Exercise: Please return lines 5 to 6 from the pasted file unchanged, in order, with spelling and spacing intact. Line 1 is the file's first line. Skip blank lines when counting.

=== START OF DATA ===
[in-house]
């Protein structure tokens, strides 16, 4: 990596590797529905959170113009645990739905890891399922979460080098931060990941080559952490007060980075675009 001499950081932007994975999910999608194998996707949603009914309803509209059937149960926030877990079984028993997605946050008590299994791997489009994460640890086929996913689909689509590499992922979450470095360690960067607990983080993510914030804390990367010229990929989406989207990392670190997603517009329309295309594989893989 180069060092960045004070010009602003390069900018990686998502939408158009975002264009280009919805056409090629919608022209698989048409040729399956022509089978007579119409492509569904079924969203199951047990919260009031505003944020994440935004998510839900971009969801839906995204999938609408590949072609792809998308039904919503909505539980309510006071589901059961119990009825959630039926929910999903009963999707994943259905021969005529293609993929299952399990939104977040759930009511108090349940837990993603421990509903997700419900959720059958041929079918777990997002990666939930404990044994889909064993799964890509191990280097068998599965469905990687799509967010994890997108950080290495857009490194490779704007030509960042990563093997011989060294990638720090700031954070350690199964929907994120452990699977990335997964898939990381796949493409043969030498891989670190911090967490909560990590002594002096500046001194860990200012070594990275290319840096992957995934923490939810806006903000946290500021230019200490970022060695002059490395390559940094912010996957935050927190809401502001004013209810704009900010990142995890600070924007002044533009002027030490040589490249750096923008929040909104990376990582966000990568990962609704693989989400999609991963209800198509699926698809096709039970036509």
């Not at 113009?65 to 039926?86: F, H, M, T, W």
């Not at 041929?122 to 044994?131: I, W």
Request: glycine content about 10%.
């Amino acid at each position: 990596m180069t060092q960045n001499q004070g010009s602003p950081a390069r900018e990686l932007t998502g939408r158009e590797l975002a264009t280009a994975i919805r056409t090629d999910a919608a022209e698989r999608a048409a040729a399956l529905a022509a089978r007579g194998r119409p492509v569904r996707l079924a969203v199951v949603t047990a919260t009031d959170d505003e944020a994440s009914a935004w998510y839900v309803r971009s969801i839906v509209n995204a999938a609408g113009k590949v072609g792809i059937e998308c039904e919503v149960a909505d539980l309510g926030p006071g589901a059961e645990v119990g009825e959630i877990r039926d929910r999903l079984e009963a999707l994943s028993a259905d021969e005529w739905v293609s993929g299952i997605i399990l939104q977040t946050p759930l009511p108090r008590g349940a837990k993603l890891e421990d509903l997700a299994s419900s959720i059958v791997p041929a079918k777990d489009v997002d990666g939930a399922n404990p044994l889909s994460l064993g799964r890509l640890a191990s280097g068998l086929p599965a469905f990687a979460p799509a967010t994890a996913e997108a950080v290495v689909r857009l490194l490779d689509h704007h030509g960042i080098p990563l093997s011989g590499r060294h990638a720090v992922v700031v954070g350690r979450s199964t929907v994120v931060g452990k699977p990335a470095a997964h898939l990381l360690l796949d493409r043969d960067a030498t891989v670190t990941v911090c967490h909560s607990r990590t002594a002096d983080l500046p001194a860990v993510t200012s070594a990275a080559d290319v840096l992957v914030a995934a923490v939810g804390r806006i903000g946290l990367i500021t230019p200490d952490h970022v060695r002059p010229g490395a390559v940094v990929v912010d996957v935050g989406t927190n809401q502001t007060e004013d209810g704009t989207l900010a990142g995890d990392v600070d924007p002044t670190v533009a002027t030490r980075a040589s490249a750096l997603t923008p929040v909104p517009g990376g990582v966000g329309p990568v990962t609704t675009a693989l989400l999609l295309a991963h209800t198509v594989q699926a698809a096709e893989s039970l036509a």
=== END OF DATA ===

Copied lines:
Request: glycine content about 10%.
């Amino acid at each position: 990596m180069t060092q960045n001499q004070g010009s602003p950081a390069r900018e990686l932007t998502g939408r158009e590797l975002a264009t280009a994975i919805r056409t090629d999910a919608a022209e698989r999608a048409a040729a399956l529905a022509a089978r007579g194998r119409p492509v569904r996707l079924a969203v199951v949603t047990a919260t009031d959170d505003e944020a994440s009914a935004w998510y839900v309803r971009s969801i839906v509209n995204a999938a609408g113009k590949v072609g792809i059937e998308c039904e919503v149960a909505d539980l309510g926030p006071g589901a059961e645990v119990g009825e959630i877990r039926d929910r999903l079984e009963a999707l994943s028993a259905d021969e005529w739905v293609s993929g299952i997605i399990l939104q977040t946050p759930l009511p108090r008590g349940a837990k993603l890891e421990d509903l997700a299994s419900s959720i059958v791997p041929a079918k777990d489009v997002d990666g939930a399922n404990p044994l889909s994460l064993g799964r890509l640890a191990s280097g068998l086929p599965a469905f990687a979460p799509a967010t994890a996913e997108a950080v290495v689909r857009l490194l490779d689509h704007h030509g960042i080098p990563l093997s011989g590499r060294h990638a720090v992922v700031v954070g350690r979450s199964t929907v994120v931060g452990k699977p990335a470095a997964h898939l990381l360690l796949d493409r043969d960067a030498t891989v670190t990941v911090c967490h909560s607990r990590t002594a002096d983080l500046p001194a860990v993510t200012s070594a990275a080559d290319v840096l992957v914030a995934a923490v939810g804390r806006i903000g946290l990367i500021t230019p200490d952490h970022v060695r002059p010229g490395a390559v940094v990929v912010d996957v935050g989406t927190n809401q502001t007060e004013d209810g704009t989207l900010a990142g995890d990392v600070d924007p002044t670190v533009a002027t030490r980075a040589s490249a750096l997603t923008p929040v909104p517009g990376g990582v966000g329309p990568v990962t609704t675009a693989l989400l999609l295309a991963h209800t198509v594989q699926a698809a096709e893989s039970l036509a």